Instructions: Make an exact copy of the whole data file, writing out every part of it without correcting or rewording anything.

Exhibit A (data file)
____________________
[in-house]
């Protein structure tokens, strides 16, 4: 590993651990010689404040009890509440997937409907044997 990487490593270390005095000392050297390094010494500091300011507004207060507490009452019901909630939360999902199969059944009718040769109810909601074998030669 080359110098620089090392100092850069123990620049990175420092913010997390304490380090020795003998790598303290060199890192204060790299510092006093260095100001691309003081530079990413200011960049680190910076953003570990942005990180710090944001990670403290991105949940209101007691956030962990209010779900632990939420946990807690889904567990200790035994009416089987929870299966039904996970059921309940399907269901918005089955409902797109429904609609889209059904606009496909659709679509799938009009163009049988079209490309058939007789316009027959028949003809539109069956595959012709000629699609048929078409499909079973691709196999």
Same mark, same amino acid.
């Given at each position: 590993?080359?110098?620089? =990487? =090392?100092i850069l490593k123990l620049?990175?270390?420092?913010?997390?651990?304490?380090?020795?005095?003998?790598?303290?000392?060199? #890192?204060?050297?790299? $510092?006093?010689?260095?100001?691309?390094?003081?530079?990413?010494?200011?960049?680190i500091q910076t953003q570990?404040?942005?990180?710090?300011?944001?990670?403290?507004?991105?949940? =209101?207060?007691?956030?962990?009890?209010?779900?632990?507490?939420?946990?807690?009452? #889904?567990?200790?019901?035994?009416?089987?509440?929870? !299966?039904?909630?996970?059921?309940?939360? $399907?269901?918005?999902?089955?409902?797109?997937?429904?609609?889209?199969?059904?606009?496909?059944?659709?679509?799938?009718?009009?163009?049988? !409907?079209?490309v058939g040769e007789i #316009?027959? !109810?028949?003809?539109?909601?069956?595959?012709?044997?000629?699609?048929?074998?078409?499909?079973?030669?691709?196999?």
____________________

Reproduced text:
[in-house]
């Protein structure tokens, strides 16, 4: 590993651990010689404040009890509440997937409907044997 990487490593270390005095000392050297390094010494500091300011507004207060507490009452019901909630939360999902199969059944009718040769109810909601074998030669 080359110098620089090392100092850069123990620049990175420092913010997390304490380090020795003998790598303290060199890192204060790299510092006093260095100001691309003081530079990413200011960049680190910076953003570990942005990180710090944001990670403290991105949940209101007691956030962990209010779900632990939420946990807690889904567990200790035994009416089987929870299966039904996970059921309940399907269901918005089955409902797109429904609609889209059904606009496909659709679509799938009009163009049988079209490309058939007789316009027959028949003809539109069956595959012709000629699609048929078409499909079973691709196999």
Same mark, same amino acid.
């Given at each position: 590993?080359?110098?620089? =990487? =090392?100092i850069l490593k123990l620049?990175?270390?420092?913010?997390?651990?304490?380090?020795?005095?003998?790598?303290?000392?060199? #890192?204060?050297?790299? $510092?006093?010689?260095?100001?691309?390094?003081?530079?990413?010494?200011?960049?680190i500091q910076t953003q570990?404040?942005?990180?710090?300011?944001?990670?403290?507004?991105?949940? =209101?207060?007691?956030?962990?009890?209010?779900?632990?507490?939420?946990?807690?009452? #889904?567990?200790?019901?035994?009416?089987?509440?929870? !299966?039904?909630?996970?059921?309940?939360? $399907?269901?918005?999902?089955?409902?797109?997937?429904?609609?889209?199969?059904?606009?496909?059944?659709?679509?799938?009718?009009?163009?049988? !409907?079209?490309v058939g040769e007789i #316009?027959? !109810?028949?003809?539109?909601?069956?595959?012709?044997?000629?699609?048929?074998?078409?499909?079973?030669?691709?196999?």